Armistice was declared at 11am on 11 November, 1918, marking the end of hostilities in World War I. Over 60,000 Australians had been killed, 152,000 wounded and 4,000 taken prisoner. The Armistice was signed in a railway carriage in the forest of Compiegne, northern France. The carriage belonged to Ferdinand Foch, Commander-in-Chief of Allied Forces in France. The signing took place at exactly 5:12-5:20am Paris time (then just after 2pm Australian time on 11 November), to come into effect at 11am Paris time.
News of the Armistice was delayed in Australia by its distance from Europe, but telegrams communicated the news within hours. Museums Victoria holds a telegram sent on 11 November from Reuters and received by the Observer in Portland, Victoria. In Melbourne, crowds anticipating the announcement gathered at newspaper offices. When the notice was posted at the Age newspaper, 'Men and women looked up at the board as though they could scarcely believe what they read'; the news soon travelled 'like lightening'. The Age reported the next day: '"Armistice signed!" The magic words were flashed over the city. Cheer after cheer went up into the night. Thousands of voices rang out in song. Roll of drum and call of trumpet, bang of cracker and ring of bell, shriek of whistle and hoot of siren. Armistice signed! The pent-up feelings of the last momentous days were released, and from the hearts of the people came mighty shouts and cheers. The emotions could be expressed in no other way. Peace had come! The years of sorrow and agony were over. The moment for rejoicing was now. And Melbourne rejoiced. Flags and thousands surged into the streets to make wild and merry the night. The last hours of anxiety had slipped away. The women who had waited, waited, thinking of their men folk at the front, praying for the great reprieve that would bring solace to their hearts, watching the news boards and the papers day by day for the glorious tidings, at last found their peace of soul in the wonderful blessings of the world's peace. The night was for joy - for the joyous hailing of an event unparalleled. The greatest war was over. The last post would wail no more at the red burial of heroes. The engines of death would be put away. And over torn fields the ploughs would pass, and where the tide of battle had flowed and ebbed, there would the crops grow. Armistice signed, and round the world must now come ringing the 'grand phrases of the consoling hymn'."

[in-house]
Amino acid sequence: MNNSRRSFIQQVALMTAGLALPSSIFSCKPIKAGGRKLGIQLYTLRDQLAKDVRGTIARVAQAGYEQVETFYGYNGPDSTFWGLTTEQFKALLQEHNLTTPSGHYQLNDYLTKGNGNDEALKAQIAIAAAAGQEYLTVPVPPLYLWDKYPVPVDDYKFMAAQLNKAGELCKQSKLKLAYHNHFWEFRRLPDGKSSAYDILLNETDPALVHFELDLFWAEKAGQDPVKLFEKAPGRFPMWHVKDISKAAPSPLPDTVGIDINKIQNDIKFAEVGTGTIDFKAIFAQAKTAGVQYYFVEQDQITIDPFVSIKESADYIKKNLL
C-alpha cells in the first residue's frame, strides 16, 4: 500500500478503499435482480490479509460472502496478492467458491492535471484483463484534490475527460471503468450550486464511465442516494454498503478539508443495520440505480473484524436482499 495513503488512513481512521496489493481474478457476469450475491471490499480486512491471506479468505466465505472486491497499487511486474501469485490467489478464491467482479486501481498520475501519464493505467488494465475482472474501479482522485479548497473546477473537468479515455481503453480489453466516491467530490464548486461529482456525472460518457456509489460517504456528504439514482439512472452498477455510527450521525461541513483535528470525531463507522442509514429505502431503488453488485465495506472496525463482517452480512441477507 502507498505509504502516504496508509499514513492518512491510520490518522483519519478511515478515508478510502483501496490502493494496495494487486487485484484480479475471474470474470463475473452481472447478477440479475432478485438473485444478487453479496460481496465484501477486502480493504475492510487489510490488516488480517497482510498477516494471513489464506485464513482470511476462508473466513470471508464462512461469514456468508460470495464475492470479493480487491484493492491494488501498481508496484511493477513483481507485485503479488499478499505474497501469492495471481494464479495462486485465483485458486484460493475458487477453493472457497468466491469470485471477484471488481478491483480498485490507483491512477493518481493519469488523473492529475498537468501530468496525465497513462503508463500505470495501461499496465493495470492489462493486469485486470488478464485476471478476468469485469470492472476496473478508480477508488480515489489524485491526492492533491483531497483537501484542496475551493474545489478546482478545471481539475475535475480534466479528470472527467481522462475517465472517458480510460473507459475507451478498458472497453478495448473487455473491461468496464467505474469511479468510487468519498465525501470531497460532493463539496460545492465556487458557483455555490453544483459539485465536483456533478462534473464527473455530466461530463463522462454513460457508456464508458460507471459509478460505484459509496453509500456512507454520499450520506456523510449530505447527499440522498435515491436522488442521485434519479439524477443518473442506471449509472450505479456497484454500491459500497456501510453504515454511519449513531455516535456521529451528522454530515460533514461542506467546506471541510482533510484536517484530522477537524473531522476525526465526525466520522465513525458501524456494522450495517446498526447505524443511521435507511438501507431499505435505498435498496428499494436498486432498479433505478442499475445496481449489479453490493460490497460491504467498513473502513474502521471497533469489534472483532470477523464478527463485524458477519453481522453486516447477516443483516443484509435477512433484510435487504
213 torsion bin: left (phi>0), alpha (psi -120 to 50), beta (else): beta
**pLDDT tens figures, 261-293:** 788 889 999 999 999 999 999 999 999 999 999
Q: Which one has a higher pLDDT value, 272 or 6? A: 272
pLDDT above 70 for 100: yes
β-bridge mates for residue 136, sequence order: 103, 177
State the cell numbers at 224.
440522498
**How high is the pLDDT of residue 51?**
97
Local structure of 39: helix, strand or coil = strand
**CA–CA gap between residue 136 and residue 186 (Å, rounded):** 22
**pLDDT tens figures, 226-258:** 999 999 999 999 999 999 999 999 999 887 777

The war did not officially end with the Armistice, however - that occurred with the signing of the Treaty of Versailles on 28 June 1919 and its enforcement on 20 January 1920.
Each year since 1918 the date and time of the Armistice has been commemorated throughout the world. Armistice Day - also known as Peace Day - became Remembrance Day after World War II, commemorating war dead from all conflicts. Remembrance Day remains a significant moment of reflection about war in Australia.
REJOICINGS IN AUSTRALIA (1918, November 12). The Age (Melbourne, Vic. : 1854 - 1954), p. 5. Retrieved October 17, 2018, from http://nla.gov.au/nla.news-article155241150
Aston, George, Major-General Sir, The Biography of the Late Marshal Foch, Macmillan, New York, 1929.